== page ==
Every year Money Observer runs the rule over 11 popular fund sectors from which it picks the Premier League team. Find out which investment vehicles made the cut in: Premier League of Funds delivers super returns.
Funds Premier League: All the world is an income stage
Global Equity Income Funds
Newton Global Higher Income
Money is good, but more money is better; the mantra of all investors. And in today's edgy markets, this means renewed enthusiasm for income funds. Newton Global Higher Income Fund underlines the new reality, with private investors outweighing institutional holders by combined value.
From launch seven years ago, the fund now controls assets of £3 billion and its manager, Australian-born James Harries, is the inaugural winner in our new Premier League category, global equity income.
At the fund's outset, when the world was nonchalant about the build-up of terrifying debts, Harries sought out income from companies geared to the emergence of China and other emerging markets - mining, steel, cement companies and the like. That game is now over and instead Harries places his main bets within the US and Europe. He steers clear of companies exposed to high levels of the Australian and Canadian dollar - "commodity currencies", he points out.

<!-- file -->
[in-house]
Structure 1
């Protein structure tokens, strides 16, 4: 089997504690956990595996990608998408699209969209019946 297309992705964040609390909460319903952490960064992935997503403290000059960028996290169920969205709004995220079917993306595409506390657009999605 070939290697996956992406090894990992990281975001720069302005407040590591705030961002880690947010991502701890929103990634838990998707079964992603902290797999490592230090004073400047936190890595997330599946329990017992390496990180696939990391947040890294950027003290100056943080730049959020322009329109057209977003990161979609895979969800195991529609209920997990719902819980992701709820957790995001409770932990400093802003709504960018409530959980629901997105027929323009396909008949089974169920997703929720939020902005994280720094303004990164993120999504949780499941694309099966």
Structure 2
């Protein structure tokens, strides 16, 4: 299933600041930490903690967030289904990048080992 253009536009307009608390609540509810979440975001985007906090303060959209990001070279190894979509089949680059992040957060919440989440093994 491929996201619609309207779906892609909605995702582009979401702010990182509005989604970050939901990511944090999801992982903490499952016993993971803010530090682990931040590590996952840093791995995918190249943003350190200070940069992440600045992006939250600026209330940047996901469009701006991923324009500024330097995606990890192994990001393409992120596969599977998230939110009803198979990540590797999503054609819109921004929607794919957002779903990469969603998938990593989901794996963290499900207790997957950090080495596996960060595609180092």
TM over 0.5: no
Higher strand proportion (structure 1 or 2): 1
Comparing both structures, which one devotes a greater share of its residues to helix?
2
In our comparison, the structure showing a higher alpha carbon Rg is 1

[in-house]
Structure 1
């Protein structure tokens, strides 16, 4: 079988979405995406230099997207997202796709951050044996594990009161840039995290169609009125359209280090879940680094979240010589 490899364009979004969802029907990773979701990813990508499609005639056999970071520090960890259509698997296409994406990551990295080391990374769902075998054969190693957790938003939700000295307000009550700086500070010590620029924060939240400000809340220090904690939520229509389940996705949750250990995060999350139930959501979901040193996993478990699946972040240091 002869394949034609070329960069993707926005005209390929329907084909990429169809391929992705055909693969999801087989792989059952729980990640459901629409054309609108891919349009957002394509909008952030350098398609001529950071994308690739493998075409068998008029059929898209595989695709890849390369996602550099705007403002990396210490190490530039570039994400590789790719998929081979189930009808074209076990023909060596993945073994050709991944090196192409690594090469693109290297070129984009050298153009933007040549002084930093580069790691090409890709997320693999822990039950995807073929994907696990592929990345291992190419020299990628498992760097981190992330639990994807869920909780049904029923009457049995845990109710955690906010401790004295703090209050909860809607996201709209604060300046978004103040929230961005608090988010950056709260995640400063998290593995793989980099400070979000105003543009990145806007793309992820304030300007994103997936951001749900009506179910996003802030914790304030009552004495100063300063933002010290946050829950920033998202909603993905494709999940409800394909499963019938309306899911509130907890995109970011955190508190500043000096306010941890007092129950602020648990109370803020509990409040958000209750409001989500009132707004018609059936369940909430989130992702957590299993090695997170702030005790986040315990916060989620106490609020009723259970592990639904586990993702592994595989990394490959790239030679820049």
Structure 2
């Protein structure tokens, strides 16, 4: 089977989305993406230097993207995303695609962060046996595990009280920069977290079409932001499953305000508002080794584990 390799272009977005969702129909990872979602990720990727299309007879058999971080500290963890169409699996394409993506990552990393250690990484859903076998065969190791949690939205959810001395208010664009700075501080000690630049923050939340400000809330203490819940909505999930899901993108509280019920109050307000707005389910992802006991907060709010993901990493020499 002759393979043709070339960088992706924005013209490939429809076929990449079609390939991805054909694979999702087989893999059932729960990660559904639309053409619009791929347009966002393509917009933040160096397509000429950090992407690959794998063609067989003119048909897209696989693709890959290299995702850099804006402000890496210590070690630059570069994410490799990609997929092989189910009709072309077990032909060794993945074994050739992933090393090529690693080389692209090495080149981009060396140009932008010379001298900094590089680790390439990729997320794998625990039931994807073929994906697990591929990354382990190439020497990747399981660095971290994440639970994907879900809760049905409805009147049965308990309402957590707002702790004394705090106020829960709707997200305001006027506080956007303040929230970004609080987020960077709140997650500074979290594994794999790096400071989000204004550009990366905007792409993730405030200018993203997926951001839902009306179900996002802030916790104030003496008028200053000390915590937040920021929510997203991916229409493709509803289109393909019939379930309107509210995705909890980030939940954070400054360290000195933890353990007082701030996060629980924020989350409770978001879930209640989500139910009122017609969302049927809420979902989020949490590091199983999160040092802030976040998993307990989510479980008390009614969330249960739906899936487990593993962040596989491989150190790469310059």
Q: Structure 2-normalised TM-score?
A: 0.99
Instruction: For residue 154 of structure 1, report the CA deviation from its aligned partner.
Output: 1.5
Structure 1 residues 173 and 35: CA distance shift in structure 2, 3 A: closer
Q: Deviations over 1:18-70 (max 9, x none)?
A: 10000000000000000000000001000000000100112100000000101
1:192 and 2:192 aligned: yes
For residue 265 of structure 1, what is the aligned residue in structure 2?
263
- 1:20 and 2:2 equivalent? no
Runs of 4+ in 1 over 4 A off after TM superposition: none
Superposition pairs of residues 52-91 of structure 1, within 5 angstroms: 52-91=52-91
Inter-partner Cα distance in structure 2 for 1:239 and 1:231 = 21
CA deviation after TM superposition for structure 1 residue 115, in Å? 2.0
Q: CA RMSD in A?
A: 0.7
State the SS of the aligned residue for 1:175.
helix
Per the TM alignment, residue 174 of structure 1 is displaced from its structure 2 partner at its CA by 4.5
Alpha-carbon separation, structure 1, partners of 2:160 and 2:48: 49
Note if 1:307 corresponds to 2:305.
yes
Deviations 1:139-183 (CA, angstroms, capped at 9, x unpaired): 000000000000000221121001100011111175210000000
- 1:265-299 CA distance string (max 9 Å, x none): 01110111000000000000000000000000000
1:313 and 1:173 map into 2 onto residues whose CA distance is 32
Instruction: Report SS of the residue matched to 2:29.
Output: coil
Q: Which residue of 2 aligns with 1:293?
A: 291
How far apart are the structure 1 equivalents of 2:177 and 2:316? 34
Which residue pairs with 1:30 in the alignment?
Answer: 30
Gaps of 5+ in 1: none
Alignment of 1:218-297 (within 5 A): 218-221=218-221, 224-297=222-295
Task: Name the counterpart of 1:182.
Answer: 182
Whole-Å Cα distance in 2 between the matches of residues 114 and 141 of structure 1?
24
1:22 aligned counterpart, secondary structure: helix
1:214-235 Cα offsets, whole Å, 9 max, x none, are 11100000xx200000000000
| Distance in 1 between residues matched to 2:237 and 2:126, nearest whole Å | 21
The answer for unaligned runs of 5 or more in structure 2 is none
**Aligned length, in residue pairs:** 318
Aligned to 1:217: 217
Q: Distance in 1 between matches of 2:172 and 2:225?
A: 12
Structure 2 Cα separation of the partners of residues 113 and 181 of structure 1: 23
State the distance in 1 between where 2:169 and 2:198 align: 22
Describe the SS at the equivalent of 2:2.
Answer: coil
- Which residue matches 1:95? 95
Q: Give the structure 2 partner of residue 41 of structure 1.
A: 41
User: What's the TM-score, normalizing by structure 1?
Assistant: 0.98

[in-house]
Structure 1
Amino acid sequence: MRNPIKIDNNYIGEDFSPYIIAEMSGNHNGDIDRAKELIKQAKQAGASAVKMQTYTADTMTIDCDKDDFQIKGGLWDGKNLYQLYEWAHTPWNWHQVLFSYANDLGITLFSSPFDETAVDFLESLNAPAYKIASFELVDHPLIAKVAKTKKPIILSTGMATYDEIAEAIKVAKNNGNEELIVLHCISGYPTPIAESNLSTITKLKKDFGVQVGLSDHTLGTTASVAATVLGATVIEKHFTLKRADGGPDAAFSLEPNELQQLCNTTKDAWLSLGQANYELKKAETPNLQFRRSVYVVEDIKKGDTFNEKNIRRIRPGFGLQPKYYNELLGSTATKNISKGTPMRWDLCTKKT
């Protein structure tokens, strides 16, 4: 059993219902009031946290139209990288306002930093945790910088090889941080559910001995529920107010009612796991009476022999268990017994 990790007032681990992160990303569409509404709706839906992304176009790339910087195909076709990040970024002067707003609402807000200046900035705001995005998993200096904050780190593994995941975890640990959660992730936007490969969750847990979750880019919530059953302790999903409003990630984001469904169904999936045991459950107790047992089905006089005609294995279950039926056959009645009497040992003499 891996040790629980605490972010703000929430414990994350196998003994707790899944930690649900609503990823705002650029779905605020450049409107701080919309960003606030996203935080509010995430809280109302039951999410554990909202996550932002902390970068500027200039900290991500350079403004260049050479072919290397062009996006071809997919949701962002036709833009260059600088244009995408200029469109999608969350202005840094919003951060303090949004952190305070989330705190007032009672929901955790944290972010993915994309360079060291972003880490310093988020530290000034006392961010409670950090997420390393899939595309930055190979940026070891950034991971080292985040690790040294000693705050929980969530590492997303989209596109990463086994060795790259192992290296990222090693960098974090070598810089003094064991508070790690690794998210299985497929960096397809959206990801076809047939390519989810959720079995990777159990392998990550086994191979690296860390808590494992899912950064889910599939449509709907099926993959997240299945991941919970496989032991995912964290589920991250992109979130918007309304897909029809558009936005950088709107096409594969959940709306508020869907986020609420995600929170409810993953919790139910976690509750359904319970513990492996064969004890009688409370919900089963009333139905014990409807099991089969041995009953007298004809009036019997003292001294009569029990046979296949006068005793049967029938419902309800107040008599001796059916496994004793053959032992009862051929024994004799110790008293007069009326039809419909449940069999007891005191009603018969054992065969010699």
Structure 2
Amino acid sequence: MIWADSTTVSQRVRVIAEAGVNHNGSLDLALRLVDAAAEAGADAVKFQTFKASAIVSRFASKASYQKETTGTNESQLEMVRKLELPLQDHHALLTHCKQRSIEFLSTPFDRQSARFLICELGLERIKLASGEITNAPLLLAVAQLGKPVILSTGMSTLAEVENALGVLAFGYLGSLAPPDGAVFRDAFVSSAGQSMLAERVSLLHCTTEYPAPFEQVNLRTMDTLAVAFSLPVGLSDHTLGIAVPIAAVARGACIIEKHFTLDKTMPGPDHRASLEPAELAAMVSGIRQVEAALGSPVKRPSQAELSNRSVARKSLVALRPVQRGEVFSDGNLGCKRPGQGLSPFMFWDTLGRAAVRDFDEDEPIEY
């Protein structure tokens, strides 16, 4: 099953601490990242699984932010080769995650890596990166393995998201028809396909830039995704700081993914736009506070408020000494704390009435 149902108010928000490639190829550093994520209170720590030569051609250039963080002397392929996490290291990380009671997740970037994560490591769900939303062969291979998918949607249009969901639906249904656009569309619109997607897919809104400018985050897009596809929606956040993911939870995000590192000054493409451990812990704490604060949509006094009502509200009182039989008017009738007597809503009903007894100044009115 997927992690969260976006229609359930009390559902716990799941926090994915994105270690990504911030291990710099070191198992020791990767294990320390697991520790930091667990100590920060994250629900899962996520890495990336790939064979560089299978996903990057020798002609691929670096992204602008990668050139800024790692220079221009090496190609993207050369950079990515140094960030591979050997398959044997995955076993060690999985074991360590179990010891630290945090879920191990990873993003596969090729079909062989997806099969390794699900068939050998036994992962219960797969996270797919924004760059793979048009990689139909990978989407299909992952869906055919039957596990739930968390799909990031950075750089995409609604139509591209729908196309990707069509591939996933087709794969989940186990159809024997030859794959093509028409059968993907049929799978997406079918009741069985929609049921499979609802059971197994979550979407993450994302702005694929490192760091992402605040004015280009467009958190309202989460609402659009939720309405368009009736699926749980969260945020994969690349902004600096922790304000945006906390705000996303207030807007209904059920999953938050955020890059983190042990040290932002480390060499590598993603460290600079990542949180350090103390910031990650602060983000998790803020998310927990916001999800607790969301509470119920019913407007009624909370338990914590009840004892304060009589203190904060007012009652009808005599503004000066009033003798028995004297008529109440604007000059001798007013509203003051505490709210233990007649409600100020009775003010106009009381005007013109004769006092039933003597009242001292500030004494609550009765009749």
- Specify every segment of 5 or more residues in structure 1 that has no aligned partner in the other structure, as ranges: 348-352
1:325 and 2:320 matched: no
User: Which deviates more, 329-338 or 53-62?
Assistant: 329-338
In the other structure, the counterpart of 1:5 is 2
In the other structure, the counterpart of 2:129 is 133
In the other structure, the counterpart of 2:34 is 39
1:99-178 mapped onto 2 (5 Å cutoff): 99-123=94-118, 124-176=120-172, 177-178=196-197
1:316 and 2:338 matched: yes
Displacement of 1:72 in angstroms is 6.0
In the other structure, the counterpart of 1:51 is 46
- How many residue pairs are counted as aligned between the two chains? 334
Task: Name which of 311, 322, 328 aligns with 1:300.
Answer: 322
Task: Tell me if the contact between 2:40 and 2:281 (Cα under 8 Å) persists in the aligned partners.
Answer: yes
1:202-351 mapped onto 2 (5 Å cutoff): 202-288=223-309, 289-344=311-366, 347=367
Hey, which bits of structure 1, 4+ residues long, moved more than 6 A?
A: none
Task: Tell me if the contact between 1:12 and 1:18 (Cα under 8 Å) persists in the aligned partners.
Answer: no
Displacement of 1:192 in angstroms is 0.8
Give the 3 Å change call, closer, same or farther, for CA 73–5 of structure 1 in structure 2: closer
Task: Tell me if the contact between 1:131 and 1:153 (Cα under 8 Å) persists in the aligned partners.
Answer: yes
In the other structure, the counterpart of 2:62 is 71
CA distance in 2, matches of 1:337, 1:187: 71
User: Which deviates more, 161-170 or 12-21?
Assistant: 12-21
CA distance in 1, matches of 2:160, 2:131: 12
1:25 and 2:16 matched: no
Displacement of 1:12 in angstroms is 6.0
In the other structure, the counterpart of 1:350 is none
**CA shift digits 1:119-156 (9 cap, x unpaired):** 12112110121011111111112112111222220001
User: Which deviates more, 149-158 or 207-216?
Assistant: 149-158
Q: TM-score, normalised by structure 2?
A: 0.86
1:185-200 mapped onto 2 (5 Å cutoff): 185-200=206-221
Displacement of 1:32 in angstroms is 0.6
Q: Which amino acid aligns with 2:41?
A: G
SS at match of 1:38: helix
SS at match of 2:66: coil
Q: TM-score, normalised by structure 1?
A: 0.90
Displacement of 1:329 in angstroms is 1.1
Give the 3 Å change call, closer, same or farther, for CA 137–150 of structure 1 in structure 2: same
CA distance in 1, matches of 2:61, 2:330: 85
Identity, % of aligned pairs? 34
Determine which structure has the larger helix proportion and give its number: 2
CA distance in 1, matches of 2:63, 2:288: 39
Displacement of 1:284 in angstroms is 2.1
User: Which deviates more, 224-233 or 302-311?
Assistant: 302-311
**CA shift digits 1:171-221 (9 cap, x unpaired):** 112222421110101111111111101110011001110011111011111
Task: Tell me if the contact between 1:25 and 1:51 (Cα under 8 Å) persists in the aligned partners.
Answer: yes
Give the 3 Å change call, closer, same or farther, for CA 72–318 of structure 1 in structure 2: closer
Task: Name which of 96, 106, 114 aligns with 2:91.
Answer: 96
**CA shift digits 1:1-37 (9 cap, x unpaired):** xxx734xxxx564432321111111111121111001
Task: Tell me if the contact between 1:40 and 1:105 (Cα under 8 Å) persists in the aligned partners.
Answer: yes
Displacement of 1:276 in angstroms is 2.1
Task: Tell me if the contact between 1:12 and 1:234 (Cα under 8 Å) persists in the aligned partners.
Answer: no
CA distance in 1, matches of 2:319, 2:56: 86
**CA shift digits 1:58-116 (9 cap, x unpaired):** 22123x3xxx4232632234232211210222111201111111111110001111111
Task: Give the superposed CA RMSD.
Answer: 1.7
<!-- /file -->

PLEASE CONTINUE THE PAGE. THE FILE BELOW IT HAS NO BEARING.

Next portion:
"The US has cheap energy and cheap housing; strains in the labour market might not be so good for workers, but they mean the country is becoming more competitive. There is now potential for an industrial renaissance," he says.
By value, roughly one-third of his 57 holdings are in the US. "The percentage has doubled in the past two years," says Harries. Holdings include the usual income suspects, such as tobacco giants Philip Morris (PM) and Reynolds American (RAI); Sysco (SYY), a food distribution company; and consumer goods companies such as Proctor and Gamble (PG).
"We took a strong view, about 18 months ago, to buy large, high-quality companies and while valuations have now moved up somewhat, they are likely to continue being highly valued," he says.
The UK component of Harries's fund, at some 11% of the fund, is roughly "on benchmark" - not that Harries is a slave to that yardstick. "I am happy to diverge," he says, "as we were very underweight the US when we launched." UK holdings include GlaxoSmithKline (GSK), Vodafone (VOD) and BAE Systems (BA.).
Elsewhere, his fund has "select" banking exposure in Norway and Asia. Swiss holdings include Swiss Insurance and Roche, the drug company. The latter yields 3.7%.
Harries says that while income has grown every year since launch, growth this year, like last, will be "flat." But for 2013 he forecasts growth of between 3 and 5%. Right now, his fund yields above 4%.
Coming up next: mixed investment 40-85% shares funds.
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